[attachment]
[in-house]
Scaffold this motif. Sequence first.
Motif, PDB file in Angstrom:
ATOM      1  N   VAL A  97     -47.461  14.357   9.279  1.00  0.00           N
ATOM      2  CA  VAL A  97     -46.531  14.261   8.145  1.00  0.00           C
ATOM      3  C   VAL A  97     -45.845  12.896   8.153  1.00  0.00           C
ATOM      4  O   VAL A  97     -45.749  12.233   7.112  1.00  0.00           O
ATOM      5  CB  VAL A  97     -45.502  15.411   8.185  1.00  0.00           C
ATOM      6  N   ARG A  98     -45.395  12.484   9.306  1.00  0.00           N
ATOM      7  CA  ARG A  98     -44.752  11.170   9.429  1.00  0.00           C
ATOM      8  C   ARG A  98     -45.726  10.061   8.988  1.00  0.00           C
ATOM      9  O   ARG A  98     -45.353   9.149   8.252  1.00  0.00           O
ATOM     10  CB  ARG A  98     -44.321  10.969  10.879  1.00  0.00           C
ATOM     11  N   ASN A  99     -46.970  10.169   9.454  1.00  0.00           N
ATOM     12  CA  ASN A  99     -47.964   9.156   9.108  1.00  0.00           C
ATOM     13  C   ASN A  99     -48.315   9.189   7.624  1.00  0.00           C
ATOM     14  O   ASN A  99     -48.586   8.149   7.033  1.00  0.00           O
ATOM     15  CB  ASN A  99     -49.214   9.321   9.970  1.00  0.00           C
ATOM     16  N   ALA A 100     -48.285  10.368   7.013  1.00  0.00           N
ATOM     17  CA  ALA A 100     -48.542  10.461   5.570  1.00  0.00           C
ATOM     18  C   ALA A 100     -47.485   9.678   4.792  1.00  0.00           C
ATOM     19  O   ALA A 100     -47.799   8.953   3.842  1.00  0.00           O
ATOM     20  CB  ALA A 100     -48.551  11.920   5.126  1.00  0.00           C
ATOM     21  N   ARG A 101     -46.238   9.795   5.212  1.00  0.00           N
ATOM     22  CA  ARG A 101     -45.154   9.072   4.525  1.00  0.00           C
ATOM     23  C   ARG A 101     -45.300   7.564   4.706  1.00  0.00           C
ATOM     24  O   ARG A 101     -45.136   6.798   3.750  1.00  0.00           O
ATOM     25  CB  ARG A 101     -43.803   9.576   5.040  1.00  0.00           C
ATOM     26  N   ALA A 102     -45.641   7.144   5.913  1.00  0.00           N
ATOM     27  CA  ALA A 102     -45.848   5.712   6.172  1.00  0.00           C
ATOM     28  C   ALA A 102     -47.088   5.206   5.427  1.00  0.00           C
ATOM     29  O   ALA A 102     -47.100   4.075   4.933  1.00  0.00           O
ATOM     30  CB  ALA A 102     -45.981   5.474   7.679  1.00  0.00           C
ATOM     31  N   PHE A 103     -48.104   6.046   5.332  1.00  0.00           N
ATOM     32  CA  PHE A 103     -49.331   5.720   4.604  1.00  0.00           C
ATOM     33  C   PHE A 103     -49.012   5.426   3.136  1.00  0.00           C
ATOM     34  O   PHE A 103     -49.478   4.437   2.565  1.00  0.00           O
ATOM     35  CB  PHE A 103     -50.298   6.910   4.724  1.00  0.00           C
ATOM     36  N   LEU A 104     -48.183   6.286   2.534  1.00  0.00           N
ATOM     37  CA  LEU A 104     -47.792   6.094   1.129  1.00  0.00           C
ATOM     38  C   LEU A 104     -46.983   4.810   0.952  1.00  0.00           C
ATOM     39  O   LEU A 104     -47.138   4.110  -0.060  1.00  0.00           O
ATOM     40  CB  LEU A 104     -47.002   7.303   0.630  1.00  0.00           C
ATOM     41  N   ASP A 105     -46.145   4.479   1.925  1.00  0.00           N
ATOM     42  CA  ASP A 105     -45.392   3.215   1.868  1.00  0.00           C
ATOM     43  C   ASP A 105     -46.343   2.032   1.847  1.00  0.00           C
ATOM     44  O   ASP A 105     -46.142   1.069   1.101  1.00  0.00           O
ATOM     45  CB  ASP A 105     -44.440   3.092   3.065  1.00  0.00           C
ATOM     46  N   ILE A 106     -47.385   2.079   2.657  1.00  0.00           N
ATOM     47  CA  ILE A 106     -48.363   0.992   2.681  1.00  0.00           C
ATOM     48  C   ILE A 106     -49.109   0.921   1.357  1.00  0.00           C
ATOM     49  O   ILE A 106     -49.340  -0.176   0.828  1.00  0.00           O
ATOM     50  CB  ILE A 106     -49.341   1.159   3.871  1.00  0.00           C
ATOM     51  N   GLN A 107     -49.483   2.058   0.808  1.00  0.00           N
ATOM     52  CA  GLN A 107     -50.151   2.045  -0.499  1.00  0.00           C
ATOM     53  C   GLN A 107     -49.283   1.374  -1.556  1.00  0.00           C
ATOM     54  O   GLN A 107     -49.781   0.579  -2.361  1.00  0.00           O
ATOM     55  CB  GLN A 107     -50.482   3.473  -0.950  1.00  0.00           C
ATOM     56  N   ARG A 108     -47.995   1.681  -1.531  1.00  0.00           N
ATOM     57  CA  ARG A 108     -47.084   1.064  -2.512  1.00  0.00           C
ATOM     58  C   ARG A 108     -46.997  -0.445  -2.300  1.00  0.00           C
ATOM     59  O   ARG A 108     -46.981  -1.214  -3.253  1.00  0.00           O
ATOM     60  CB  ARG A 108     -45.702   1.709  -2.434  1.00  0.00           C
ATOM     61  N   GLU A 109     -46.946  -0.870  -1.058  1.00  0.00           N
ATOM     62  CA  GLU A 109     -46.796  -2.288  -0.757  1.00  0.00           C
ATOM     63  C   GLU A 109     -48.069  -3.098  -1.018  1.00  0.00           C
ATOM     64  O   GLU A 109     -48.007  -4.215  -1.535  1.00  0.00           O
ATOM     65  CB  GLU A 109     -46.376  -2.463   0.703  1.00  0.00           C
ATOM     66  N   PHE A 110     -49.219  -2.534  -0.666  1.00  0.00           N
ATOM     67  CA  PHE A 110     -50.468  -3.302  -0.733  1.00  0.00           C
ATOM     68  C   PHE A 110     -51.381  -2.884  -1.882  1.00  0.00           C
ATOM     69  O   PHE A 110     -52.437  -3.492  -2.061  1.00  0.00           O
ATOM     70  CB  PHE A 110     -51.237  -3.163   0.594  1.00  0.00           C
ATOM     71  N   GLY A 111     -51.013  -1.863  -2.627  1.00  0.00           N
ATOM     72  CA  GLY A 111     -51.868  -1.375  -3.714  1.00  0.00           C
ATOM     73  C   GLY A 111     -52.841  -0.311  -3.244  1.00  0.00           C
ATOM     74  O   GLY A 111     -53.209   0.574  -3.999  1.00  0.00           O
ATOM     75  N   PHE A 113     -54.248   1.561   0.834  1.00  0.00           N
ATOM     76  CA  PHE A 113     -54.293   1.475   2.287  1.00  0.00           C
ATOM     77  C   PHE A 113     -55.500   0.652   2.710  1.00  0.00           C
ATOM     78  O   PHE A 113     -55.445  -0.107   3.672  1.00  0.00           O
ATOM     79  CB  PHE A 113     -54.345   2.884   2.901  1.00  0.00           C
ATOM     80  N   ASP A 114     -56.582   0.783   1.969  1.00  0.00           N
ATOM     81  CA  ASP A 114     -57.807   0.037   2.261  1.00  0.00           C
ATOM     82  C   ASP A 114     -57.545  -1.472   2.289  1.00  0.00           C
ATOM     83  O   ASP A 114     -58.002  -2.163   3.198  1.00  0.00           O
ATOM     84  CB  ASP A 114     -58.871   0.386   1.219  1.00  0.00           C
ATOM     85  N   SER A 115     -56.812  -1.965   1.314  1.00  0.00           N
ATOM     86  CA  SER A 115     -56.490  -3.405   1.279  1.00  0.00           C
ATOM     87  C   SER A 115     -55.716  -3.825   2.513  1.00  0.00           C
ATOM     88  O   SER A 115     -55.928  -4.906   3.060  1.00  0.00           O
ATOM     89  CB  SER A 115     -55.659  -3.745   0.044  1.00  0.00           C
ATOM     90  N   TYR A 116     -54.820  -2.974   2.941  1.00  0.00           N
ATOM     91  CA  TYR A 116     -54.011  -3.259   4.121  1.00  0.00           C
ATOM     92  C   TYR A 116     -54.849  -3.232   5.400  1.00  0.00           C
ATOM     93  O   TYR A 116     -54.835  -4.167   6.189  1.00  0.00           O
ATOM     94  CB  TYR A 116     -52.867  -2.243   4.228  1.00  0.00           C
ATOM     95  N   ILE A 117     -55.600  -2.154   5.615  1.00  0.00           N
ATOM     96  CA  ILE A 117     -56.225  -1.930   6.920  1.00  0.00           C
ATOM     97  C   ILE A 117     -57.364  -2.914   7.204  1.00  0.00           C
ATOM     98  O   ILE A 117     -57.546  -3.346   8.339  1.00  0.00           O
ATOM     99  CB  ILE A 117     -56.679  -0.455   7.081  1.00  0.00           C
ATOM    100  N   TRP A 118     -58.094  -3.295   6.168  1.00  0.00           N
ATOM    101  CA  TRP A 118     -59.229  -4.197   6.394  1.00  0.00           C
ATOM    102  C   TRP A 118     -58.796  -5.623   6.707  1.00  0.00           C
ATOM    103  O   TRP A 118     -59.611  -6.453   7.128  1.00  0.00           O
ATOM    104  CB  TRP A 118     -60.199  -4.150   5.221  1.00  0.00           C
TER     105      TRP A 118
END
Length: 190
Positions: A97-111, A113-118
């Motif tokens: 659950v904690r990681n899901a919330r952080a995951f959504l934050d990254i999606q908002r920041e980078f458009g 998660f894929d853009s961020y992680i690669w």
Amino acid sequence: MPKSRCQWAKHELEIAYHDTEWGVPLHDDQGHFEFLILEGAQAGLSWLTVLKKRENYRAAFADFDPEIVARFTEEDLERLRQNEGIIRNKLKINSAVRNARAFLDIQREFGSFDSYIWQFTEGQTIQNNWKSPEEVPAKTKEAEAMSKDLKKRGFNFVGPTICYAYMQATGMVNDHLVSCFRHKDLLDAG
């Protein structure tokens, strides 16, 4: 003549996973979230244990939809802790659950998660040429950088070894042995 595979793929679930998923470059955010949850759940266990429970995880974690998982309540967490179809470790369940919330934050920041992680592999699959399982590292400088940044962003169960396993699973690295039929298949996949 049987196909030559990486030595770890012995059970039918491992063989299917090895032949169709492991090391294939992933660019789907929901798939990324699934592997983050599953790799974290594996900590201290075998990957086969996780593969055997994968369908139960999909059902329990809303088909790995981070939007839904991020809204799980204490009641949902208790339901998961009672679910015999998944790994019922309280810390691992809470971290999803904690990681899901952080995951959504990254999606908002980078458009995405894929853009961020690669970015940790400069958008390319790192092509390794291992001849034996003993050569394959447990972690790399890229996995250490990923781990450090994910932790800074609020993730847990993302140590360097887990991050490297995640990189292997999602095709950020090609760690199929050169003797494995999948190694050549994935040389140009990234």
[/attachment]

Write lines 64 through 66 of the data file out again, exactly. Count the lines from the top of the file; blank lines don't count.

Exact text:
ATOM     61  N   GLU A 109     -46.946  -0.870  -1.058  1.00  0.00           N
ATOM     62  CA  GLU A 109     -46.796  -2.288  -0.757  1.00  0.00           C
ATOM     63  C   GLU A 109     -48.069  -3.098  -1.018  1.00  0.00           C